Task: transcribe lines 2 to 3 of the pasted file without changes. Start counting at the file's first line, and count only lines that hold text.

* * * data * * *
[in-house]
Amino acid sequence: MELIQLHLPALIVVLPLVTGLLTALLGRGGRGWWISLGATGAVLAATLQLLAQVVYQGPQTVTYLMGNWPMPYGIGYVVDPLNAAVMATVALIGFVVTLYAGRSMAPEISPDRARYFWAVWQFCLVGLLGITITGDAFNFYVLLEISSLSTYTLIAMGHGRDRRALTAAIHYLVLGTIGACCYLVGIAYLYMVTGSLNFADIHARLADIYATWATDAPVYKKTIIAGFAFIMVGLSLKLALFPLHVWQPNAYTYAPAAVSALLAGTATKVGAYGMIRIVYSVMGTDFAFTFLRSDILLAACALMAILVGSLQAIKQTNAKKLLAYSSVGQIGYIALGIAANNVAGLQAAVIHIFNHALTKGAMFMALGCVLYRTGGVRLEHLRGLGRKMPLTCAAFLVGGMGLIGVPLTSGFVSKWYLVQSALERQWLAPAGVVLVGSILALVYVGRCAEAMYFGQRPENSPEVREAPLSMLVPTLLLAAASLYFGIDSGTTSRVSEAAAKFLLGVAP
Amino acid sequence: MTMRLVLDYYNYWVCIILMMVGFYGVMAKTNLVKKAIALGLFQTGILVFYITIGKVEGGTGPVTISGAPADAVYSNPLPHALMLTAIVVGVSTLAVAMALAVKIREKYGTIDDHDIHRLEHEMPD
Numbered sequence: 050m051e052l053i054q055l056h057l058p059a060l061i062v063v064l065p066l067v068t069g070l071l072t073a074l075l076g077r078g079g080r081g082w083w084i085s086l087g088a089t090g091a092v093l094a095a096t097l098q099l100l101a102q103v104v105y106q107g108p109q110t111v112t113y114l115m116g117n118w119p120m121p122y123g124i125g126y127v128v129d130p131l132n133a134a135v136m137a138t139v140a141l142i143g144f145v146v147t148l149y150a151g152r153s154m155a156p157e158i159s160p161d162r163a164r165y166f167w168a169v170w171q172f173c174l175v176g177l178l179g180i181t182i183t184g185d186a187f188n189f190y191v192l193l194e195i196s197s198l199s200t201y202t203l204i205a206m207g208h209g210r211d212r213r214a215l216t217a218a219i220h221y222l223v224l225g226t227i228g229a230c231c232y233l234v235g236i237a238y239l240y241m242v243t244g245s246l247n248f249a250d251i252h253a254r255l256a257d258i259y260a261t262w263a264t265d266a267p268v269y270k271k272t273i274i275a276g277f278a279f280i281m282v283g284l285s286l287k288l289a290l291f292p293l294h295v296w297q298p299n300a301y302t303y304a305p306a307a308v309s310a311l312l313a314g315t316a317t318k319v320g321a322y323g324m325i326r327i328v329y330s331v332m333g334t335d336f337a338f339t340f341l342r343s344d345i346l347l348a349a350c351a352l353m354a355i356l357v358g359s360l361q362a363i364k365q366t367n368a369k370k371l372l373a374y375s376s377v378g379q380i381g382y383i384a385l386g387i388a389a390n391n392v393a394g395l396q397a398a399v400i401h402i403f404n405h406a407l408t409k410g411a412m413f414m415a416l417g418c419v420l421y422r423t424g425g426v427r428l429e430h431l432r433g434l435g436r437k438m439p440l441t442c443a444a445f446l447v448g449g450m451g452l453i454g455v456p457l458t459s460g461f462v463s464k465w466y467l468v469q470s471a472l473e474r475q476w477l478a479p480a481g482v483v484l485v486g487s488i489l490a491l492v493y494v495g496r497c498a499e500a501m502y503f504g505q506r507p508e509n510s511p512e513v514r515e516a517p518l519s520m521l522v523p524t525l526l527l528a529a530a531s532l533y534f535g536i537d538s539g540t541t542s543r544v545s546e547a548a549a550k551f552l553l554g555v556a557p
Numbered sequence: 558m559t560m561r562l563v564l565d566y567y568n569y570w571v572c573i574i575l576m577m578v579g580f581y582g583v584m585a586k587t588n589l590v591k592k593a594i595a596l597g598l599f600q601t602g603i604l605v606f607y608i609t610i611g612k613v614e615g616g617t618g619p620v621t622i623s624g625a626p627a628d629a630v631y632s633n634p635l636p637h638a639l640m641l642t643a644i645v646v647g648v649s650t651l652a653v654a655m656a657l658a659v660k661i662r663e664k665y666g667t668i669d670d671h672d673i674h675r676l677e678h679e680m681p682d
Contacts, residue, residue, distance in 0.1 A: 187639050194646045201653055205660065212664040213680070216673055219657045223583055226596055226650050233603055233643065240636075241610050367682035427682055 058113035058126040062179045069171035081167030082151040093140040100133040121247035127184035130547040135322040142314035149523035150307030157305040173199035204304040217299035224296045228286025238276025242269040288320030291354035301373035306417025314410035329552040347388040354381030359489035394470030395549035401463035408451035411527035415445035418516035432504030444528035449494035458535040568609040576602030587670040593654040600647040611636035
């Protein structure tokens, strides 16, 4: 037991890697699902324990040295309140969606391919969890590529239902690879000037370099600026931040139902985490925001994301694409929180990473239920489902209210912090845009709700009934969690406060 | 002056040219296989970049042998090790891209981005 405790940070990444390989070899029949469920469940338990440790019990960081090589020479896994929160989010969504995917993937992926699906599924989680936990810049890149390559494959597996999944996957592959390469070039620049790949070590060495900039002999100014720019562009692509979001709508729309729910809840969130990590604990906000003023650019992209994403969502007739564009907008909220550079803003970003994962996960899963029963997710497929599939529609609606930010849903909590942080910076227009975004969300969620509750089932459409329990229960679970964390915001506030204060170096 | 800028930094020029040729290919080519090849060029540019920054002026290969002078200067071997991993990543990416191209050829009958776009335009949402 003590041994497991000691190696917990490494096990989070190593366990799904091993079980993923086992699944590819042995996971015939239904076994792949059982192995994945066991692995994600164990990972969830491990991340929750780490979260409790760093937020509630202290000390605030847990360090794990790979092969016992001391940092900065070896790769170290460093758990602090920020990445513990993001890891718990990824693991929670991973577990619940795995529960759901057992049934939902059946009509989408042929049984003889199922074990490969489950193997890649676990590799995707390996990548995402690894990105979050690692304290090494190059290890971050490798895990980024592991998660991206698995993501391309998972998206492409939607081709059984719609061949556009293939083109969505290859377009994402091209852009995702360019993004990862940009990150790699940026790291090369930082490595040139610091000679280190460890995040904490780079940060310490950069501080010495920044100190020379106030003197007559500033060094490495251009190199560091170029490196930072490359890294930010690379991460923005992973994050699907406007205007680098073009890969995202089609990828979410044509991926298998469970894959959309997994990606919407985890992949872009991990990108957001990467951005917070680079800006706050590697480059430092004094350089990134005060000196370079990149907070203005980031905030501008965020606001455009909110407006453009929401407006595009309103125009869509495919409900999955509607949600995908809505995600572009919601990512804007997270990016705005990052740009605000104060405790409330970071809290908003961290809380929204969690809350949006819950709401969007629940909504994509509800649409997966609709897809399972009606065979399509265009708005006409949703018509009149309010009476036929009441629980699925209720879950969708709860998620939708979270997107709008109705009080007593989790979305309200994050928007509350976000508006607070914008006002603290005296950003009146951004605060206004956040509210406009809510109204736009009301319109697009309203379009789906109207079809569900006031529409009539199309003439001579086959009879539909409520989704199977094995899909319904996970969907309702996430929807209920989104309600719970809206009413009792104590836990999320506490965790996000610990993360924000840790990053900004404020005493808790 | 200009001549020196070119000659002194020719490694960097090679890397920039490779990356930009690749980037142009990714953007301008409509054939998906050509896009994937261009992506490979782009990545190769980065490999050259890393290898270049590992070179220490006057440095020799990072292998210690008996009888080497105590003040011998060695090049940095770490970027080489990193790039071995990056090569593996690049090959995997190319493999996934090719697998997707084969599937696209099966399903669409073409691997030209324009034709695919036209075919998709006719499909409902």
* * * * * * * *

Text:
Amino acid sequence: MELIQLHLPALIVVLPLVTGLLTALLGRGGRGWWISLGATGAVLAATLQLLAQVVYQGPQTVTYLMGNWPMPYGIGYVVDPLNAAVMATVALIGFVVTLYAGRSMAPEISPDRARYFWAVWQFCLVGLLGITITGDAFNFYVLLEISSLSTYTLIAMGHGRDRRALTAAIHYLVLGTIGACCYLVGIAYLYMVTGSLNFADIHARLADIYATWATDAPVYKKTIIAGFAFIMVGLSLKLALFPLHVWQPNAYTYAPAAVSALLAGTATKVGAYGMIRIVYSVMGTDFAFTFLRSDILLAACALMAILVGSLQAIKQTNAKKLLAYSSVGQIGYIALGIAANNVAGLQAAVIHIFNHALTKGAMFMALGCVLYRTGGVRLEHLRGLGRKMPLTCAAFLVGGMGLIGVPLTSGFVSKWYLVQSALERQWLAPAGVVLVGSILALVYVGRCAEAMYFGQRPENSPEVREAPLSMLVPTLLLAAASLYFGIDSGTTSRVSEAAAKFLLGVAP
Amino acid sequence: MTMRLVLDYYNYWVCIILMMVGFYGVMAKTNLVKKAIALGLFQTGILVFYITIGKVEGGTGPVTISGAPADAVYSNPLPHALMLTAIVVGVSTLAVAMALAVKIREKYGTIDDHDIHRLEHEMPD